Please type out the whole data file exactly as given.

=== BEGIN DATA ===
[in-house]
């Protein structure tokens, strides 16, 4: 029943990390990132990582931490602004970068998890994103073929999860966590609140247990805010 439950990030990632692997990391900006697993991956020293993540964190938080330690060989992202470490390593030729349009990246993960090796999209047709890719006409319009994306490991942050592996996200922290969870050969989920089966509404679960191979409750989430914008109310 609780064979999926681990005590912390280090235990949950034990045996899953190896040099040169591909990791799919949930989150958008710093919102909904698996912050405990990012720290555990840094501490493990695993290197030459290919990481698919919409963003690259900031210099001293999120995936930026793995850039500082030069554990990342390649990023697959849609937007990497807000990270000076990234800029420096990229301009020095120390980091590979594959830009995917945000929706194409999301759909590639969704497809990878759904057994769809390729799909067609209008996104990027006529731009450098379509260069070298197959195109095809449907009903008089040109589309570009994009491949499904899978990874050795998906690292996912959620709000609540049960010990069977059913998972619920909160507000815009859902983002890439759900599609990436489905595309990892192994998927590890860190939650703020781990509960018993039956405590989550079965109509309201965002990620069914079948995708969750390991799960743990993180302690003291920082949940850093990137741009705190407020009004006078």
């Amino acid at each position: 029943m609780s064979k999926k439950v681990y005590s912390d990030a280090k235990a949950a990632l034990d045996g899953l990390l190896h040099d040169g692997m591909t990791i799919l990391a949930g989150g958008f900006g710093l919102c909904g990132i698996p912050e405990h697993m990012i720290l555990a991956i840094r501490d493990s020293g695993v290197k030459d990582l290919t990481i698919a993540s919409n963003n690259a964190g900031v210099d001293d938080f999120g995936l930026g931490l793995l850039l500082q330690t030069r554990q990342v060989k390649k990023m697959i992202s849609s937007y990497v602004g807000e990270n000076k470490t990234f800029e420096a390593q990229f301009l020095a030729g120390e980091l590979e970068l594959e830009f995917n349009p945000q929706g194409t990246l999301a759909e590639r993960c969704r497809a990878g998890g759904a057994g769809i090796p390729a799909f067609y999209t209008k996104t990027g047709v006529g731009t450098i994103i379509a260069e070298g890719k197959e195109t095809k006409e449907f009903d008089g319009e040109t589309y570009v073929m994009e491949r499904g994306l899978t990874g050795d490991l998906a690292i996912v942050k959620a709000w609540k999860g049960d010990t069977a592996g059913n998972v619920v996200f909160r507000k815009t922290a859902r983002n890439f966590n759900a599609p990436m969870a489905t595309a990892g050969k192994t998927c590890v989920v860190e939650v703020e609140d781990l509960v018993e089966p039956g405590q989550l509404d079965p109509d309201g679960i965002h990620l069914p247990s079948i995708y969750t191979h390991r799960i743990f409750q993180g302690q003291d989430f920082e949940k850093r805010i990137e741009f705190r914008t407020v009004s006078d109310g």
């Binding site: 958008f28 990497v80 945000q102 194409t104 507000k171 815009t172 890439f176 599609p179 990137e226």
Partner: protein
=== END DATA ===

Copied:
[in-house]
């Protein structure tokens, strides 16, 4: 029943990390990132990582931490602004970068998890994103073929999860966590609140247990805010 439950990030990632692997990391900006697993991956020293993540964190938080330690060989992202470490390593030729349009990246993960090796999209047709890719006409319009994306490991942050592996996200922290969870050969989920089966509404679960191979409750989430914008109310 609780064979999926681990005590912390280090235990949950034990045996899953190896040099040169591909990791799919949930989150958008710093919102909904698996912050405990990012720290555990840094501490493990695993290197030459290919990481698919919409963003690259900031210099001293999120995936930026793995850039500082030069554990990342390649990023697959849609937007990497807000990270000076990234800029420096990229301009020095120390980091590979594959830009995917945000929706194409999301759909590639969704497809990878759904057994769809390729799909067609209008996104990027006529731009450098379509260069070298197959195109095809449907009903008089040109589309570009994009491949499904899978990874050795998906690292996912959620709000609540049960010990069977059913998972619920909160507000815009859902983002890439759900599609990436489905595309990892192994998927590890860190939650703020781990509960018993039956405590989550079965109509309201965002990620069914079948995708969750390991799960743990993180302690003291920082949940850093990137741009705190407020009004006078």
């Amino acid at each position: 029943m609780s064979k999926k439950v681990y005590s912390d990030a280090k235990a949950a990632l034990d045996g899953l990390l190896h040099d040169g692997m591909t990791i799919l990391a949930g989150g958008f900006g710093l919102c909904g990132i698996p912050e405990h697993m990012i720290l555990a991956i840094r501490d493990s020293g695993v290197k030459d990582l290919t990481i698919a993540s919409n963003n690259a964190g900031v210099d001293d938080f999120g995936l930026g931490l793995l850039l500082q330690t030069r554990q990342v060989k390649k990023m697959i992202s849609s937007y990497v602004g807000e990270n000076k470490t990234f800029e420096a390593q990229f301009l020095a030729g120390e980091l590979e970068l594959e830009f995917n349009p945000q929706g194409t990246l999301a759909e590639r993960c969704r497809a990878g998890g759904a057994g769809i090796p390729a799909f067609y999209t209008k996104t990027g047709v006529g731009t450098i994103i379509a260069e070298g890719k197959e195109t095809k006409e449907f009903d008089g319009e040109t589309y570009v073929m994009e491949r499904g994306l899978t990874g050795d490991l998906a690292i996912v942050k959620a709000w609540k999860g049960d010990t069977a592996g059913n998972v619920v996200f909160r507000k815009t922290a859902r983002n890439f966590n759900a599609p990436m969870a489905t595309a990892g050969k192994t998927c590890v989920v860190e939650v703020e609140d781990l509960v018993e089966p039956g405590q989550l509404d079965p109509d309201g679960i965002h990620l069914p247990s079948i995708y969750t191979h390991r799960i743990f409750q993180g302690q003291d989430f920082e949940k850093r805010i990137e741009f705190r914008t407020v009004s006078d109310g």
């Binding site: 958008f28 990497v80 945000q102 194409t104 507000k171 815009t172 890439f176 599609p179 990137e226």
Partner: protein